A "transonic clean-up" is under way on the Boeing F/A-18E/F to reduce the performance penalties associated with the solution devised for the earlier wing drop problem.

The porous wing fold fairing which eliminated the manoeuvre wing drop has increased drag, which has reduced range and acceleration marginally. While the single-seat F/A-18E still exceeds its range specifications, the two-seat F/A-18F now falls slightly short of its interdiction range target, the US Navy acknowledges.

Efforts also continue to reduce the "residual lateral activity" that remains after elimination of the wing drop. The navy describes this as "small twitches in the extremes of the envelope", and says similar characteristics are exhibited by the current F/A-18C/D.

Recently completed operational testing of the F/A-18E/F confirmed that wing drop no longer exists, says the navy. Unusually, their report has been classified, but the navy says testers found the aircraft to be "potentially operationally effective and potentially operationally suitable" and recommended continued development. The navy says the report concludes that "...the positive attributes demonstrated by the aircraft outweigh the negative impacts in all critical operational issues".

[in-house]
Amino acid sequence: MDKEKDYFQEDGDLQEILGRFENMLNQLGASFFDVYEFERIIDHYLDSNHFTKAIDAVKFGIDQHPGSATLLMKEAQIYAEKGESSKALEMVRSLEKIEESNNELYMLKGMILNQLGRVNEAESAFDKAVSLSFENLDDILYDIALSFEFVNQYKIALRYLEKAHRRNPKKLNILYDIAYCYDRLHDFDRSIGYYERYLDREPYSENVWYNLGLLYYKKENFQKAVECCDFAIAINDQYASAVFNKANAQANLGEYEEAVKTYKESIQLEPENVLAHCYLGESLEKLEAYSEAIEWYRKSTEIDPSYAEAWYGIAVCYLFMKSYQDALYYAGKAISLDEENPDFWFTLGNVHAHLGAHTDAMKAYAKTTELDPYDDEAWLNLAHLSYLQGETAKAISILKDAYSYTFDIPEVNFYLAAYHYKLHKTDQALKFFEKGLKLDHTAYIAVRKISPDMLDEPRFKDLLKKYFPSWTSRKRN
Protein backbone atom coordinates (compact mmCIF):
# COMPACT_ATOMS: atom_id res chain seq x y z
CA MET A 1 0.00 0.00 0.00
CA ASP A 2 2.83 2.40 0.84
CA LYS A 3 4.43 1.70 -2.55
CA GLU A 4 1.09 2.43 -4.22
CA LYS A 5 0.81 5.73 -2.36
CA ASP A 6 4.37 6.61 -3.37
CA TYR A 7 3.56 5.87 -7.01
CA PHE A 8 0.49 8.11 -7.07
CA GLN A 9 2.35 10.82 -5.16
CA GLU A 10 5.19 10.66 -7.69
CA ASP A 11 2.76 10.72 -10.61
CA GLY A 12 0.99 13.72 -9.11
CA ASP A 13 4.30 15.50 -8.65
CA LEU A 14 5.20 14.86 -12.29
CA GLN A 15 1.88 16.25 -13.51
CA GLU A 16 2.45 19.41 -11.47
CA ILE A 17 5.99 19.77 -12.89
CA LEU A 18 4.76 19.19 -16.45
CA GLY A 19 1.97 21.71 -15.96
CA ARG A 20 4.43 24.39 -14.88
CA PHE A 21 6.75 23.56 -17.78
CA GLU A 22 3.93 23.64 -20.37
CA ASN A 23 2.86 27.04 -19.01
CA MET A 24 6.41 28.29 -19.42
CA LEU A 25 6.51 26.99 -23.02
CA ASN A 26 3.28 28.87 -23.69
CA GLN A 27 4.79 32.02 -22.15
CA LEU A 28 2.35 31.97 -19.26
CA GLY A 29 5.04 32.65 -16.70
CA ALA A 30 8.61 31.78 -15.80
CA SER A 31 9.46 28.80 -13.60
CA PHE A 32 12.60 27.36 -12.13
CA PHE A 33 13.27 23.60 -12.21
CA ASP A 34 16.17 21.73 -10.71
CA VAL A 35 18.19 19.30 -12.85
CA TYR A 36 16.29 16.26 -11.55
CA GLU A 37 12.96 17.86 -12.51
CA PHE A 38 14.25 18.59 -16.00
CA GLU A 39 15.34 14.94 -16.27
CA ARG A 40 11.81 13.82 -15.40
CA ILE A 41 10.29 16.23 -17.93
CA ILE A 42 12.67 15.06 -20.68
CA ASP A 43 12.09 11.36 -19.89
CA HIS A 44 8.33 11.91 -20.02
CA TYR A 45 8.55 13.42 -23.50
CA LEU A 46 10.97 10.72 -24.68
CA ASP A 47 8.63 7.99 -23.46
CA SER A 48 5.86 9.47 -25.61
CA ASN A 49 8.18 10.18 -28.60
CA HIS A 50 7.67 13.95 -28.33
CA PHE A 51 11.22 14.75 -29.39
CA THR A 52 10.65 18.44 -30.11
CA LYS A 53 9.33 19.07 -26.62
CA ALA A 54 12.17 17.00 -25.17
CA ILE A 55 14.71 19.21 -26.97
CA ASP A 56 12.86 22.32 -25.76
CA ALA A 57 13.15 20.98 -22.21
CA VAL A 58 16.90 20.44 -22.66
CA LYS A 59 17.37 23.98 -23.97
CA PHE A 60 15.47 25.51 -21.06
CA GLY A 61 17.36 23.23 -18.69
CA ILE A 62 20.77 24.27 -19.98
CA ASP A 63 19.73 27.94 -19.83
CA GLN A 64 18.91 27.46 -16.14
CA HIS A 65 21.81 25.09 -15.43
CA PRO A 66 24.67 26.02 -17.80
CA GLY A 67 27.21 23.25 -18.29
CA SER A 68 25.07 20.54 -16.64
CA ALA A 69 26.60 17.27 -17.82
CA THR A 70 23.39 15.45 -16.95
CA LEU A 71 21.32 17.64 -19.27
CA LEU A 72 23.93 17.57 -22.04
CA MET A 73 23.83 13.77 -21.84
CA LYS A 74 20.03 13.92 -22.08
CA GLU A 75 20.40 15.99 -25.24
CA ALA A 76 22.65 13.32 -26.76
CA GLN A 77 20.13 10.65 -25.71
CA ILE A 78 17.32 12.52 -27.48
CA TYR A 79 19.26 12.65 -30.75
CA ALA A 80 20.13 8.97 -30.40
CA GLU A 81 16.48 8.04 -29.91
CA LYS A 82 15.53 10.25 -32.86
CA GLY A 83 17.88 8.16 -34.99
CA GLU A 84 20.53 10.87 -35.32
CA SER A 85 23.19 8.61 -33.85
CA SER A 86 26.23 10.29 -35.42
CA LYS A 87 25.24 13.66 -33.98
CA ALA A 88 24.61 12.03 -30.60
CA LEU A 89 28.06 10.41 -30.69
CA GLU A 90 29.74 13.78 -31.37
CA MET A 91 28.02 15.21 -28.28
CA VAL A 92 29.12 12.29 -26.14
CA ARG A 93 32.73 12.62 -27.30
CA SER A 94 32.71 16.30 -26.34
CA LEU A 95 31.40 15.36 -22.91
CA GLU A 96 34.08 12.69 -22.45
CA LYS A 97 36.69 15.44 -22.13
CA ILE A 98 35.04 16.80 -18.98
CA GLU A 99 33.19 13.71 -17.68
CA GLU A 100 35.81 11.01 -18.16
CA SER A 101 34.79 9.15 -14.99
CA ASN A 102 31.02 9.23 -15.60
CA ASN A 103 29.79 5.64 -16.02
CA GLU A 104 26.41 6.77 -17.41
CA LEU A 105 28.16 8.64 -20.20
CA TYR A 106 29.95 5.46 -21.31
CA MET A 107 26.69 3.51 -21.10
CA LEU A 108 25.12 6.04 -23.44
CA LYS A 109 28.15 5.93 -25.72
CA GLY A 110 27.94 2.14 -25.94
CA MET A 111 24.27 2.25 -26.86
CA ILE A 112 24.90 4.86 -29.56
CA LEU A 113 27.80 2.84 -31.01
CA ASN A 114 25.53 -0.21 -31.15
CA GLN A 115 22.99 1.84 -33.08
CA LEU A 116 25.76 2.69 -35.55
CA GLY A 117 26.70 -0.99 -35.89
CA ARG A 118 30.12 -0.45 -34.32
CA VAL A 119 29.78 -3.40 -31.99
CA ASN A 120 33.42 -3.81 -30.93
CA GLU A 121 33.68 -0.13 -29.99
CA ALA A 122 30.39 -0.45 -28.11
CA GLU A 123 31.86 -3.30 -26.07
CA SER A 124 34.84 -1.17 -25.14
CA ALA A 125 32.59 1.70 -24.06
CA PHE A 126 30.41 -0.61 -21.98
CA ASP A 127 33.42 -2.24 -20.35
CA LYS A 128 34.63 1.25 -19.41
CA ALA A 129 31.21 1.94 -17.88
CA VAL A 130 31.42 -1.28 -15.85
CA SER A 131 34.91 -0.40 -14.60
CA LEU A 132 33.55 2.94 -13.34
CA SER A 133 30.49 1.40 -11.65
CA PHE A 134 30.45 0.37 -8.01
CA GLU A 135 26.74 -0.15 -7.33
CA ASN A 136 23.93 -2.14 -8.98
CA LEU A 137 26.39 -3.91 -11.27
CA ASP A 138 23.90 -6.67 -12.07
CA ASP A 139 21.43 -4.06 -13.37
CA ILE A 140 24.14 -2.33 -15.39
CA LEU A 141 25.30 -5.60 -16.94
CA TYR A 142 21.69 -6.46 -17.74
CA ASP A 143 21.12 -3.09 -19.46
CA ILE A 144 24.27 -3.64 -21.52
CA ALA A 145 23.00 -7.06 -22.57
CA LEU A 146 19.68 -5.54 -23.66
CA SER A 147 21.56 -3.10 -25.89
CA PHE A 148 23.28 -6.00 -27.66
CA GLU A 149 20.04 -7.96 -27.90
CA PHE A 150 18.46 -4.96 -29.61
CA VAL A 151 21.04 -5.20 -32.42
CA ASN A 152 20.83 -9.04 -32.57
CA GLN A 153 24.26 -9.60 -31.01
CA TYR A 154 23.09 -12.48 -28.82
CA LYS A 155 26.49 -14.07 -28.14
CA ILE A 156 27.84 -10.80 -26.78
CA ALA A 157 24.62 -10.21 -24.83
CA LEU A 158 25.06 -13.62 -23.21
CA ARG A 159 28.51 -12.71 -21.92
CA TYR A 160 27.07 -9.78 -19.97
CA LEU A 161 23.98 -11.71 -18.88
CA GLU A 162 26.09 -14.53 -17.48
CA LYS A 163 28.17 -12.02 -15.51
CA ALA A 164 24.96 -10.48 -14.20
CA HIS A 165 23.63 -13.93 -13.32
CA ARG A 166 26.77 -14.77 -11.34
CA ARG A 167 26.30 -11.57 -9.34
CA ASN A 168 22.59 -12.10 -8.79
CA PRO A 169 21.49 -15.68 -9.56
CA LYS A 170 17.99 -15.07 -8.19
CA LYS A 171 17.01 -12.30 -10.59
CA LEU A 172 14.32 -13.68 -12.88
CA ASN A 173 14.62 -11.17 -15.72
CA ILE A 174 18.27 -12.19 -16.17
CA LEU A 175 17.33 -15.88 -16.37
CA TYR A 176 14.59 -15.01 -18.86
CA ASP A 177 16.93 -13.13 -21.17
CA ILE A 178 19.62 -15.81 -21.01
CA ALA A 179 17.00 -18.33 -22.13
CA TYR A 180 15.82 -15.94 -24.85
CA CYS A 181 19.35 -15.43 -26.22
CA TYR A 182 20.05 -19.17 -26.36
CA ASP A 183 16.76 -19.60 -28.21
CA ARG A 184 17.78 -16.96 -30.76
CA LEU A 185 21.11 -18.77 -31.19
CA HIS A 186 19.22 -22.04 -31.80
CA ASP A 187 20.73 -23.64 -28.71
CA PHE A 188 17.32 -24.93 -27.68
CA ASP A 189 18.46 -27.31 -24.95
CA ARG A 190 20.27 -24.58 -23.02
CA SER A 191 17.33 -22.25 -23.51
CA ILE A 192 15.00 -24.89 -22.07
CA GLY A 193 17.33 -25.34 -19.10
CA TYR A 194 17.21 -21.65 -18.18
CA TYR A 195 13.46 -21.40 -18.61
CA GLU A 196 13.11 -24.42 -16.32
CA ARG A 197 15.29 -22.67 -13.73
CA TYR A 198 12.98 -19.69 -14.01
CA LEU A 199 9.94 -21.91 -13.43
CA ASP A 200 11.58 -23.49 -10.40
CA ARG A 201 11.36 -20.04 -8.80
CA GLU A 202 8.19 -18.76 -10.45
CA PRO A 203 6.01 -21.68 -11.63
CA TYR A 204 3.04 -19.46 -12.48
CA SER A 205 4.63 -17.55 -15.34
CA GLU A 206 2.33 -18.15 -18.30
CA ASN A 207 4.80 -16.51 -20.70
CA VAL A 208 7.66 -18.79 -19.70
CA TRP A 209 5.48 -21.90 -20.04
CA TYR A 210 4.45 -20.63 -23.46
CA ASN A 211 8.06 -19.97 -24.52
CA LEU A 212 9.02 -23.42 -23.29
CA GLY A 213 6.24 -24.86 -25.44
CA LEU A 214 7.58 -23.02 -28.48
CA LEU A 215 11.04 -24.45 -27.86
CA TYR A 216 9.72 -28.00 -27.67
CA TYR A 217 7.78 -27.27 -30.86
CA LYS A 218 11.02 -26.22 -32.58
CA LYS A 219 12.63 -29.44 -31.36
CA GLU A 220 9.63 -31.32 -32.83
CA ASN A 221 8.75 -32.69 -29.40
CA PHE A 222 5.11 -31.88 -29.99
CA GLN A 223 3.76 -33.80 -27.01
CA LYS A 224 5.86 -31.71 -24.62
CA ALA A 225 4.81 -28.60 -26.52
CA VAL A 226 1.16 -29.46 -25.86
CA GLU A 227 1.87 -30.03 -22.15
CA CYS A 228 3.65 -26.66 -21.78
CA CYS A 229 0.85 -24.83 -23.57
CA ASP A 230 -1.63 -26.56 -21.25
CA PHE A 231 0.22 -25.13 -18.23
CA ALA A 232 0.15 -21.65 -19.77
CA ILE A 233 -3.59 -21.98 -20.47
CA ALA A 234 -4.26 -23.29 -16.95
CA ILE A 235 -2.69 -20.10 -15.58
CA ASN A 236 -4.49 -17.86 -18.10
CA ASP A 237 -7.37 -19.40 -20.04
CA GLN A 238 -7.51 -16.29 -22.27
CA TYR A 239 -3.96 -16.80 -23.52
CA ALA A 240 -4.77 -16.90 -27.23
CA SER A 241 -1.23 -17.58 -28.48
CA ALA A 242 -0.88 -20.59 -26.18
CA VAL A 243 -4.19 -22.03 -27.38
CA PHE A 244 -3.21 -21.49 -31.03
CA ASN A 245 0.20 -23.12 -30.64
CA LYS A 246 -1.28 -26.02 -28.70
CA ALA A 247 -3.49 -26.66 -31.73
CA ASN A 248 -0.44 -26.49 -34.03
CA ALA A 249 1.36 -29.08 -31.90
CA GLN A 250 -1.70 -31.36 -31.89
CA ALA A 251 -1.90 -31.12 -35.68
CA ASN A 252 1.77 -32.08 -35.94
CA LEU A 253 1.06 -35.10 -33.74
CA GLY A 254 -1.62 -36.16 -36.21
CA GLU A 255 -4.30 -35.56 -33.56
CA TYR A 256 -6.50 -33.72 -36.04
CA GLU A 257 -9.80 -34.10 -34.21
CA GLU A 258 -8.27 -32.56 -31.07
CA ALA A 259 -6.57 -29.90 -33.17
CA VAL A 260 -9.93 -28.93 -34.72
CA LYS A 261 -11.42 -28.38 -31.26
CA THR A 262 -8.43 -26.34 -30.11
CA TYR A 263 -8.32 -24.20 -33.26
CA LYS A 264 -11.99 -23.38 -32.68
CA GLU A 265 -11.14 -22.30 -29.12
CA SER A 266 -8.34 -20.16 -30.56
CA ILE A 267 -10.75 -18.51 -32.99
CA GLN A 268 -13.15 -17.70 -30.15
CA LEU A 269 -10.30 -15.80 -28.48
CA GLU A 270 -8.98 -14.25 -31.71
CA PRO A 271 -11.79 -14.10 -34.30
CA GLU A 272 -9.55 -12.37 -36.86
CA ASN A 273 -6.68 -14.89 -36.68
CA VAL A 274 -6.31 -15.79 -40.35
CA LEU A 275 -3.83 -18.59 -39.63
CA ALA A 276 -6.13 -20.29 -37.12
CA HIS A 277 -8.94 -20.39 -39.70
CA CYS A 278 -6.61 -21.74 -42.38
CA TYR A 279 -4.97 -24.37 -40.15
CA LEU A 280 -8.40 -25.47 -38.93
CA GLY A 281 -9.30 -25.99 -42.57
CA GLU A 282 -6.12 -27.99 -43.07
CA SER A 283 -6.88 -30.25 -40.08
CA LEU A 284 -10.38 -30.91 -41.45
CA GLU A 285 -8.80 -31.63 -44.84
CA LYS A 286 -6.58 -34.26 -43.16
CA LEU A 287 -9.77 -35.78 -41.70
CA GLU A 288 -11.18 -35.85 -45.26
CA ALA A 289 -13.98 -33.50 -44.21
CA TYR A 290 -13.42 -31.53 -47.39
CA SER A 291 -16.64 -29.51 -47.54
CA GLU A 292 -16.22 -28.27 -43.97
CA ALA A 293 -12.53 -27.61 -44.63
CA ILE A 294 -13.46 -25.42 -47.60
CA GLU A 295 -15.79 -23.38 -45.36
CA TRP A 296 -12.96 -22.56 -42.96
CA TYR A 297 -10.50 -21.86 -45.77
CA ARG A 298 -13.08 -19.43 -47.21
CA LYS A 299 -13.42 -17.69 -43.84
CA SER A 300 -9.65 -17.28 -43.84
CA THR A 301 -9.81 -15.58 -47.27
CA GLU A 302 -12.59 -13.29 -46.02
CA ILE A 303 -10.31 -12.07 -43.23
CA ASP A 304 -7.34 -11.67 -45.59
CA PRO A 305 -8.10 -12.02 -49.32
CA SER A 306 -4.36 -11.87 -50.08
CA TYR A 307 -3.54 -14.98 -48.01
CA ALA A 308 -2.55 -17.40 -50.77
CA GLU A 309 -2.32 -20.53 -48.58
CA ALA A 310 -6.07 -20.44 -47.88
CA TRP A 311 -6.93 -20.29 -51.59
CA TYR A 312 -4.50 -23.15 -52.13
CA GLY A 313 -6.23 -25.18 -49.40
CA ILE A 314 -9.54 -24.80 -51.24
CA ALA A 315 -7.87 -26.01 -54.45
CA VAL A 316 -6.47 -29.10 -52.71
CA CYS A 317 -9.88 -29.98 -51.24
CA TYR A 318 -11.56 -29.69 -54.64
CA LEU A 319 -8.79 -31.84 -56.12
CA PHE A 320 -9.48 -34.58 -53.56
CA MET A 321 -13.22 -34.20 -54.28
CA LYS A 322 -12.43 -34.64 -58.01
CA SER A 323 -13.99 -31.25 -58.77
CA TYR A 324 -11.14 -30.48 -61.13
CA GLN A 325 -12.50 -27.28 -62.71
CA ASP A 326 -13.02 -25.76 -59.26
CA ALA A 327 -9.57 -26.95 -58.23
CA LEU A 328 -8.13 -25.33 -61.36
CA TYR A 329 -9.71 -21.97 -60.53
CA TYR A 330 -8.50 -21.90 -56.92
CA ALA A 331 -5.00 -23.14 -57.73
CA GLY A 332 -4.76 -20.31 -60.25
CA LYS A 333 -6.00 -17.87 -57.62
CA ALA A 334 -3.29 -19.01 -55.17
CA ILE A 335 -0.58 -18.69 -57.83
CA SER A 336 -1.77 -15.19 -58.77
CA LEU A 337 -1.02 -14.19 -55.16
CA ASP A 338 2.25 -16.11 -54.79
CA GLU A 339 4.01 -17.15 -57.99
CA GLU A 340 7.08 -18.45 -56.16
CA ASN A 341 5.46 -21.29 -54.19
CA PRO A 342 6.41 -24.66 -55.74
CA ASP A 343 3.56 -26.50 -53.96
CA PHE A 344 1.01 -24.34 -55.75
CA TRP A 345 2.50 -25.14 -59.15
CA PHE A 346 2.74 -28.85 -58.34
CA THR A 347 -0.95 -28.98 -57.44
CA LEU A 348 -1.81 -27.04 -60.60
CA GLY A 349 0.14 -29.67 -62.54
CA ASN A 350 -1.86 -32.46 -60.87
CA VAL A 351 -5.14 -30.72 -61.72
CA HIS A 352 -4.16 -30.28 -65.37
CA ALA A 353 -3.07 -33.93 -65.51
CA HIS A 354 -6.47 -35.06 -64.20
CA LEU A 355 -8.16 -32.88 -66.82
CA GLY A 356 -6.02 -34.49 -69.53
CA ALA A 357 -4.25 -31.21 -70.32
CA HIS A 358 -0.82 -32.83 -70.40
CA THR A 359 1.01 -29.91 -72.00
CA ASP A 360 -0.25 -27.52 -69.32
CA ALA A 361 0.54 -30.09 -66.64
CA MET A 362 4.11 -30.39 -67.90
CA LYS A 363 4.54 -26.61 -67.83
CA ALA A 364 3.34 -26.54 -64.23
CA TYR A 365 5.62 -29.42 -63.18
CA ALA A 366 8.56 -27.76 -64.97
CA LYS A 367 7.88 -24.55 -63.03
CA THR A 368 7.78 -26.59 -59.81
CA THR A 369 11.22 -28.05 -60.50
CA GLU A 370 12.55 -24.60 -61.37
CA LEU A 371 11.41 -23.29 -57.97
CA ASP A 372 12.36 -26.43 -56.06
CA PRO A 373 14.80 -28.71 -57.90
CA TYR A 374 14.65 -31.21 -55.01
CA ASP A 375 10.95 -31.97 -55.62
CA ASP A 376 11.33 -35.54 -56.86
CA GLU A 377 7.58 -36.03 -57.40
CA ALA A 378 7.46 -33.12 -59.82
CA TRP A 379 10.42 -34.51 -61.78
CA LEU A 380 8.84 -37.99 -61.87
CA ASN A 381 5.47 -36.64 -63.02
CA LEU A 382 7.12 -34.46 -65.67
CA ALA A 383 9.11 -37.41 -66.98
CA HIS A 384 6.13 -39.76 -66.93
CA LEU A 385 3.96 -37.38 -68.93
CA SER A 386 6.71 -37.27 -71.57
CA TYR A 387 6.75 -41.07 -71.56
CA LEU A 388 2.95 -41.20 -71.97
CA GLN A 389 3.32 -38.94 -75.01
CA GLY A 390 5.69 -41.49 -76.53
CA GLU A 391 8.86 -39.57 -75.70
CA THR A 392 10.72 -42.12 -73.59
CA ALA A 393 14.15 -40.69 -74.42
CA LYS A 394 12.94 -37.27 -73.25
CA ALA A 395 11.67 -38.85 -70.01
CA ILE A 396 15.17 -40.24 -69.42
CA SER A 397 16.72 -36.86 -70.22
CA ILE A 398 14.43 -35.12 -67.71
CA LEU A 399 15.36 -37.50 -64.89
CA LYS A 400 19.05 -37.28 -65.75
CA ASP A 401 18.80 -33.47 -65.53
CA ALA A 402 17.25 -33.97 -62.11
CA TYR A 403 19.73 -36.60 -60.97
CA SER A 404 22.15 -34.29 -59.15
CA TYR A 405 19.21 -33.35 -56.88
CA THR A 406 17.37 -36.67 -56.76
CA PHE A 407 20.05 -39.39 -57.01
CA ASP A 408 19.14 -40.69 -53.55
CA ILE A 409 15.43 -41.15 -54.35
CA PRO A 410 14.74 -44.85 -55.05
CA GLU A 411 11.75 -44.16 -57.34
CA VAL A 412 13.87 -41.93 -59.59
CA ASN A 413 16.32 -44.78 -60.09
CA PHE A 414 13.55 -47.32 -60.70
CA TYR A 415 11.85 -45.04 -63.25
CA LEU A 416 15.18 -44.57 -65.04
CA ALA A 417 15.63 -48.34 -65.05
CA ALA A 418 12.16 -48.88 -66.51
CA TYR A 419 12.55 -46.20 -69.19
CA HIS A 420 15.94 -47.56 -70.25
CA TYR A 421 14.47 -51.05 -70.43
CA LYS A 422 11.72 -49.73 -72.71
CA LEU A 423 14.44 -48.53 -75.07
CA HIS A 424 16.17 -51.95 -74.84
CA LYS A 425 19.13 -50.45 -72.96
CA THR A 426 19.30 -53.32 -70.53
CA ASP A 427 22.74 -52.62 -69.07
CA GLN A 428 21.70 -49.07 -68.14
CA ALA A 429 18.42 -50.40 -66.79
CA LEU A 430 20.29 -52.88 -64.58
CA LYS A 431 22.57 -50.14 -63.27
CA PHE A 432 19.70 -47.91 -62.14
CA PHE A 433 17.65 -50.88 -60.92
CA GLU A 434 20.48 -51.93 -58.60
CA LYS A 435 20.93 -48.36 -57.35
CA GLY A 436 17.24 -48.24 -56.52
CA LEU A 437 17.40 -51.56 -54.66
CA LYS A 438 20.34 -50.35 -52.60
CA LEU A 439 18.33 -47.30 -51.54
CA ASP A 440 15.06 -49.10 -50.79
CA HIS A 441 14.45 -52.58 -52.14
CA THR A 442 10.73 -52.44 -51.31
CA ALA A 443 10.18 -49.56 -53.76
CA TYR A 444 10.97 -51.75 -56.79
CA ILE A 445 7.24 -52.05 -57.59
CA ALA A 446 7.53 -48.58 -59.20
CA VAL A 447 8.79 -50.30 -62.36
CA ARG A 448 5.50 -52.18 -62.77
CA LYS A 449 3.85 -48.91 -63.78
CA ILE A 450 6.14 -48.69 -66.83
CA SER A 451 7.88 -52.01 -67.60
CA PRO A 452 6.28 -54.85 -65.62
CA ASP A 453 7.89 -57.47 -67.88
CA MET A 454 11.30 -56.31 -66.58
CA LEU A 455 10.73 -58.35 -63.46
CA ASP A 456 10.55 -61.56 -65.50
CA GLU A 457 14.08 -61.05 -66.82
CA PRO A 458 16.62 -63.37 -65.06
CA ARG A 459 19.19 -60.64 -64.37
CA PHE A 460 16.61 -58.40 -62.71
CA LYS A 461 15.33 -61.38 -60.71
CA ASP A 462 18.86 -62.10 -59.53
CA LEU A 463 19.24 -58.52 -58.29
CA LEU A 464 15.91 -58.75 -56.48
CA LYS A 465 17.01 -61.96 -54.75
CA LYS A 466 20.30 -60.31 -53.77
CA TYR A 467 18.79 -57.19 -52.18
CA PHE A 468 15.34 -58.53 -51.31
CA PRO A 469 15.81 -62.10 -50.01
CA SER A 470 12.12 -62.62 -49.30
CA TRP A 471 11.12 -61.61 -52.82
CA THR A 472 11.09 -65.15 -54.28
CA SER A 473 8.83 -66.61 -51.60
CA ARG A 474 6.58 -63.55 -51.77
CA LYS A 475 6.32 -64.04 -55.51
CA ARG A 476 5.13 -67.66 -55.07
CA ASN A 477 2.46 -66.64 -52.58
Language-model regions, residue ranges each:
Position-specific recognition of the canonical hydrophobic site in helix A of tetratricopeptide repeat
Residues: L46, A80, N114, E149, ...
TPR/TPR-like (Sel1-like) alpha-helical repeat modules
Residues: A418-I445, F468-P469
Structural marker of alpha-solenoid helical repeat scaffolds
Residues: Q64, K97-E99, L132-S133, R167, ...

Several issues were raised which the navy hopes to cure before full operational evaluation begins in May. These include the residual lateral activity, buffet and drag resulting from the wingdrop fix; and potential concerns about the impact of noise and vibration on the service life of wingtip-mounted AIM-9 missiles. The service acknowledges that the larger E/F does not match the current C/Din all performance areas, notably acceleration, but says the E/F "-is a different aircraft tactically. We will develop new tactics around the capabilites of the aircraft."

The navy says the E/F has higher pitch pointing accuracy and better departure resistance, which improve air combat capability. In 75% of engagements against F--14s, F-16s, F/A-18As and F/A-18Cs "...the F-18E got in the first shot", it says.

Source: Flight International